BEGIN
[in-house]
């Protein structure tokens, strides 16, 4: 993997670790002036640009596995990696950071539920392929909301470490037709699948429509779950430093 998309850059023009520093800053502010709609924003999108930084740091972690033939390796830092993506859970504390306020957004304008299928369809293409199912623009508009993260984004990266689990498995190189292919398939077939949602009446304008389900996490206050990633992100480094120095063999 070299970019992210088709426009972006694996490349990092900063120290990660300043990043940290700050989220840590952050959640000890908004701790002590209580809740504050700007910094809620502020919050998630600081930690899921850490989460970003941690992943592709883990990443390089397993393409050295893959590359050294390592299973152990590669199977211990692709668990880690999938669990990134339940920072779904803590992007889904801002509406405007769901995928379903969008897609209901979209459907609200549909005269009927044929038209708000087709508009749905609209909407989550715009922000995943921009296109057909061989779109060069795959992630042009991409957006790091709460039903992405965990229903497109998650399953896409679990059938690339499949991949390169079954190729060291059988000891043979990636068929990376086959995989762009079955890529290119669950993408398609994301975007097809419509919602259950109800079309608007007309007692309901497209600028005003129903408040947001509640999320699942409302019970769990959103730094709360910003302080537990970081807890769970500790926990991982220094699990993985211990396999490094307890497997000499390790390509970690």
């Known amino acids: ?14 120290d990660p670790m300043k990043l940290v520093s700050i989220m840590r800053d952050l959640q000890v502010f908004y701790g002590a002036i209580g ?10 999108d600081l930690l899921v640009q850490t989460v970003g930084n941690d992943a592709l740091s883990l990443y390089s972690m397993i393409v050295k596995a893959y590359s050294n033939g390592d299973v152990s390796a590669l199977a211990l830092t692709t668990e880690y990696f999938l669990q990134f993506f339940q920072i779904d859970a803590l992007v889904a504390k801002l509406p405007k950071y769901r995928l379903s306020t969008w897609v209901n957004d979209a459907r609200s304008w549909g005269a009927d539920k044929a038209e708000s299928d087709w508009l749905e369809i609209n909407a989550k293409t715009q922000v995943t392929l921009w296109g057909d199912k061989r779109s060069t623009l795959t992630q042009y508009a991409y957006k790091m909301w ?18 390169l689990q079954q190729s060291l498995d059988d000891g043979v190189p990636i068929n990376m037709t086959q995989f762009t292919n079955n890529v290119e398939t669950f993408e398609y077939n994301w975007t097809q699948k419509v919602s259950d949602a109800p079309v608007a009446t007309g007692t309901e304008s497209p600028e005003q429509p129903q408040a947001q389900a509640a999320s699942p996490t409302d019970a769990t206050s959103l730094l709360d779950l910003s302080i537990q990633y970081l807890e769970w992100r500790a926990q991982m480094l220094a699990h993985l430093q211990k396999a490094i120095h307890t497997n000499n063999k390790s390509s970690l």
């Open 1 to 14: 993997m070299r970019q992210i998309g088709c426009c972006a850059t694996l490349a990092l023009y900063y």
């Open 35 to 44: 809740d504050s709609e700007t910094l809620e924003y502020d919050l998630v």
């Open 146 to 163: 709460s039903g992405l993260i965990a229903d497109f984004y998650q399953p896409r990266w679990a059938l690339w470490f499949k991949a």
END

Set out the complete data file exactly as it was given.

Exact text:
[in-house]
């Protein structure tokens, strides 16, 4: 993997670790002036640009596995990696950071539920392929909301470490037709699948429509779950430093 998309850059023009520093800053502010709609924003999108930084740091972690033939390796830092993506859970504390306020957004304008299928369809293409199912623009508009993260984004990266689990498995190189292919398939077939949602009446304008389900996490206050990633992100480094120095063999 070299970019992210088709426009972006694996490349990092900063120290990660300043990043940290700050989220840590952050959640000890908004701790002590209580809740504050700007910094809620502020919050998630600081930690899921850490989460970003941690992943592709883990990443390089397993393409050295893959590359050294390592299973152990590669199977211990692709668990880690999938669990990134339940920072779904803590992007889904801002509406405007769901995928379903969008897609209901979209459907609200549909005269009927044929038209708000087709508009749905609209909407989550715009922000995943921009296109057909061989779109060069795959992630042009991409957006790091709460039903992405965990229903497109998650399953896409679990059938690339499949991949390169079954190729060291059988000891043979990636068929990376086959995989762009079955890529290119669950993408398609994301975007097809419509919602259950109800079309608007007309007692309901497209600028005003129903408040947001509640999320699942409302019970769990959103730094709360910003302080537990970081807890769970500790926990991982220094699990993985211990396999490094307890497997000499390790390509970690």
């Known amino acids: ?14 120290d990660p670790m300043k990043l940290v520093s700050i989220m840590r800053d952050l959640q000890v502010f908004y701790g002590a002036i209580g ?10 999108d600081l930690l899921v640009q850490t989460v970003g930084n941690d992943a592709l740091s883990l990443y390089s972690m397993i393409v050295k596995a893959y590359s050294n033939g390592d299973v152990s390796a590669l199977a211990l830092t692709t668990e880690y990696f999938l669990q990134f993506f339940q920072i779904d859970a803590l992007v889904a504390k801002l509406p405007k950071y769901r995928l379903s306020t969008w897609v209901n957004d979209a459907r609200s304008w549909g005269a009927d539920k044929a038209e708000s299928d087709w508009l749905e369809i609209n909407a989550k293409t715009q922000v995943t392929l921009w296109g057909d199912k061989r779109s060069t623009l795959t992630q042009y508009a991409y957006k790091m909301w ?18 390169l689990q079954q190729s060291l498995d059988d000891g043979v190189p990636i068929n990376m037709t086959q995989f762009t292919n079955n890529v290119e398939t669950f993408e398609y077939n994301w975007t097809q699948k419509v919602s259950d949602a109800p079309v608007a009446t007309g007692t309901e304008s497209p600028e005003q429509p129903q408040a947001q389900a509640a999320s699942p996490t409302d019970a769990t206050s959103l730094l709360d779950l910003s302080i537990q990633y970081l807890e769970w992100r500790a926990q991982m480094l220094a699990h993985l430093q211990k396999a490094i120095h307890t497997n000499n063999k390790s390509s970690l």
């Open 1 to 14: 993997m070299r970019q992210i998309g088709c426009c972006a850059t694996l490349a990092l023009y900063y």
């Open 35 to 44: 809740d504050s709609e700007t910094l809620e924003y502020d919050l998630v």
């Open 146 to 163: 709460s039903g992405l993260i965990a229903d497109f984004y998650q399953p896409r990266w679990a059938l690339w470490f499949k991949a």